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Nakuru to spend Sh1billion annually on MSMEs

Nakuru County Governor Susan Kihika has committed to spend Sh1 billion annually to provide micro, small and medium enterprises (MSMEs) with access to affordable credit.

Ms. Kihika said her administration will work closely with the County Assembly to develop and deploy a robust financial services consumer protection policy and legal framework that will protect MSMEs from exploitation by some lenders.

She stated that the money that will be channeled through the County Enterprise Fund will also facilitate the revival of small businesses and cooperatives in the County affected by the Covid-19 pandemic.

To ensure prudent utilization and investment of funds, only those who have gone through the prescribed training will access the money.

“Funds from the kitty will be available to the Boda bodasMama mbogas and transport operators. MSMEs contribute 85 per cent of non-farm jobs, which translates to 15 million out of the 18 million Kenyan workforce. The sector, absorbs nine out of 10 of the young people joining the workforce, 750,000 on average, while the formal corporate economy barely absorbs 50,000,” noted the Governor.

Describing the sector as a critical plank of Kenya’s economy, Ms. Kihika added that the small business sector makes a huge contribution on multiple fronts — fostering innovation, creation of new markets and consumers, a higher tax base, generation of employment and in effect, alleviation of poverty.

“We are keen on this sector as it speaks directly to the core of our economy. The country is alive to the fact that this segment is what drives the economy and therefore requires to be fully supported,” noted Ms. Kihika.

Small and medium-sized enterprises are the lifeblood of Kenya’s economy, constituting about 98 per cent of all the businesses in the country and have employed about 14.9 million Kenyans.

The Governor indicated that the County Government would continue exploring the interest sharing, and guarantee model for MSMEs with financial institutions to facilitate credit to catalyze the business growth of the entrepreneurs and enable economic recovery.

The County Government in partnership with Kenya Commercial Bank (KCB) has already set up a Sh800 million kitty to finance MSMEs hard hit by Covid-19 pandemic through the County Enterprise Fund.

KCB has signed a partnership agreement with the County Government of Nakuru, under which the county has set aside Sh52 million as interest subsidy and credit guarantee.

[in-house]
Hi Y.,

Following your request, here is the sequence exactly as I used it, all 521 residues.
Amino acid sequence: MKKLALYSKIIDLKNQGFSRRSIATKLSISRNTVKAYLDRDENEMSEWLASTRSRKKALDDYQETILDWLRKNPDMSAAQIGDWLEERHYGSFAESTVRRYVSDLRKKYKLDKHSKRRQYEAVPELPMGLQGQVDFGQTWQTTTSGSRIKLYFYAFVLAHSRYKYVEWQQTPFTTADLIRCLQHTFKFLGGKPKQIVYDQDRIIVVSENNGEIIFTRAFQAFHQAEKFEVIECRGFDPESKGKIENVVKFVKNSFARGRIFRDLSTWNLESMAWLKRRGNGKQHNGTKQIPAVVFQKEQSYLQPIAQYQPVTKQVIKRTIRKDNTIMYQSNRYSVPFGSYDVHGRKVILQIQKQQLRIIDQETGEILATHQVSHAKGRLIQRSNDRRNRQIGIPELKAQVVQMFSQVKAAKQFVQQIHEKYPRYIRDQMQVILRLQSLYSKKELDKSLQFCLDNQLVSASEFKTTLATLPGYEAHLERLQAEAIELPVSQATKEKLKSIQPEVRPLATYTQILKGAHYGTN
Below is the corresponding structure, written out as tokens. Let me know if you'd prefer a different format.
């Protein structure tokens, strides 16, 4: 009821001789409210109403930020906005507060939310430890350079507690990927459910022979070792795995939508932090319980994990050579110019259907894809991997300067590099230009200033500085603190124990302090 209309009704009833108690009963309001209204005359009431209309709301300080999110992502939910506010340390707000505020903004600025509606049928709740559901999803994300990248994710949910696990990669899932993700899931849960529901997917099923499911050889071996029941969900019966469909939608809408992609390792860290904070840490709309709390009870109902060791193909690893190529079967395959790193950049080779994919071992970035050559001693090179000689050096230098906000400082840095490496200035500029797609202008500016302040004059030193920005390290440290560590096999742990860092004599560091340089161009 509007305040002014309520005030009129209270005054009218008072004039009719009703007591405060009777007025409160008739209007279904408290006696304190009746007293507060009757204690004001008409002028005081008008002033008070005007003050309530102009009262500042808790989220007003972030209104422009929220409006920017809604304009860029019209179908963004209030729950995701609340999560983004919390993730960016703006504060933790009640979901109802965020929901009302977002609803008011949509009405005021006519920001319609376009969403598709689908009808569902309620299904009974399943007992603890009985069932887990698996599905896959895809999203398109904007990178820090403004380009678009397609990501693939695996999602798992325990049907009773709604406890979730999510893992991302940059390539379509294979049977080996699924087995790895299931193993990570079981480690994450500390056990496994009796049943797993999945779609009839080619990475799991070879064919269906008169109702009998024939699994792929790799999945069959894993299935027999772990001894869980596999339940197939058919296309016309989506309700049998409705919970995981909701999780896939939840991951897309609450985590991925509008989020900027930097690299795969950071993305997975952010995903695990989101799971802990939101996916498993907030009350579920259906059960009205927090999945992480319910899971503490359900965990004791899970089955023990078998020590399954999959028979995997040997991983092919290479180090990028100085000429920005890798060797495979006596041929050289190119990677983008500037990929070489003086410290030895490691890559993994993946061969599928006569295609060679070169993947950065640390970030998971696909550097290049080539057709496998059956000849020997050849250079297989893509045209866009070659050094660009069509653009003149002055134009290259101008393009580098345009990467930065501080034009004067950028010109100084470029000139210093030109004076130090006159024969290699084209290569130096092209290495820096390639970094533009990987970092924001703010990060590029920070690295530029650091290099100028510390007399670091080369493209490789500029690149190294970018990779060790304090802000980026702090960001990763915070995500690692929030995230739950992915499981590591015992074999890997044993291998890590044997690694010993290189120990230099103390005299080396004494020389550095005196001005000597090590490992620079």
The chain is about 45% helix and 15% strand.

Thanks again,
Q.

In this case, the government will pay part of the interest (5 percent) while business owners and/or cooperative societies will pay the balance of 7.5 percent.

KCB will in turn provide affordable facilities to the enterprises and cooperative societies that have been affected by the pandemic.

Ms. Kihika stated that small businesses faced the greatest risk from economic setbacks caused by global outbreak of Covid-19 adding that it was only through strategic partnerships that the county government can support businesses weather the crisis.

Small and medium-sized enterprises (SMEs), are officially defined by the government of Kenya (GOK, 2005) as business that engage between 1-99 employees, cover a range of establishments in almost all sectors of the economy; they operate formally or informally, seasonally or year round and are located in a number of areas including markets, streets, households or mobile.

Official statistics show that the value of SMEs output is estimated at Sh3,371.7 billion against a national output of Sh9,971.4 billion representing a contribution of 33.8 per cent in 2015.This was an incredible rise from 13 per cent recorded in 1993.

Ms. Kihika noted that SMEs played a critical role in the country’s economy by inventing new products and approaches, subjecting existing businesses to competition.

Data from Kenya National Bureau of Statistics (KNBS) shows 49.2 per cent of licensed SMEs had a monthly turnover of less than Sh50, 000, while 35.7 per cent recorded a monthly turnover of between Sh50, 000-1,000,000. Only 0.2 per cent of these businesses had a monthly turnover greater than Sh1 million.

The Governor pointed out that SMEs have become attractive employers to majority of fresh graduates due to the thin job market.

According to a report by Deloitte, “Kenya Economic Outlook 2016”, SMEs are hindered by inadequate capital, limited market access, poor infrastructure, inadequate knowledge and skills and rapid changes in technology.

A survey by the Kenya National Bureau of Statistics released early this year indicates that approximately 400,000 micro, small and medium enterprises do not celebrate their second birthday.

Few reach their fifth birthday, leading to concerns of sustainability of this critical sector.

Nakuru has the highest number of registered small businesses at 154,500, according to latest estimates by the economics section of the Central Region Economic Block (CEREB) secretariat. It is followed closely by Kiambu at 150,350 and Meru at 137, 379. Nyeri and Murang’a counties are in the middle of the pack with 59,000, and 42,200 respectively.

By Anne Mwale and Charloth Chepkemoi 


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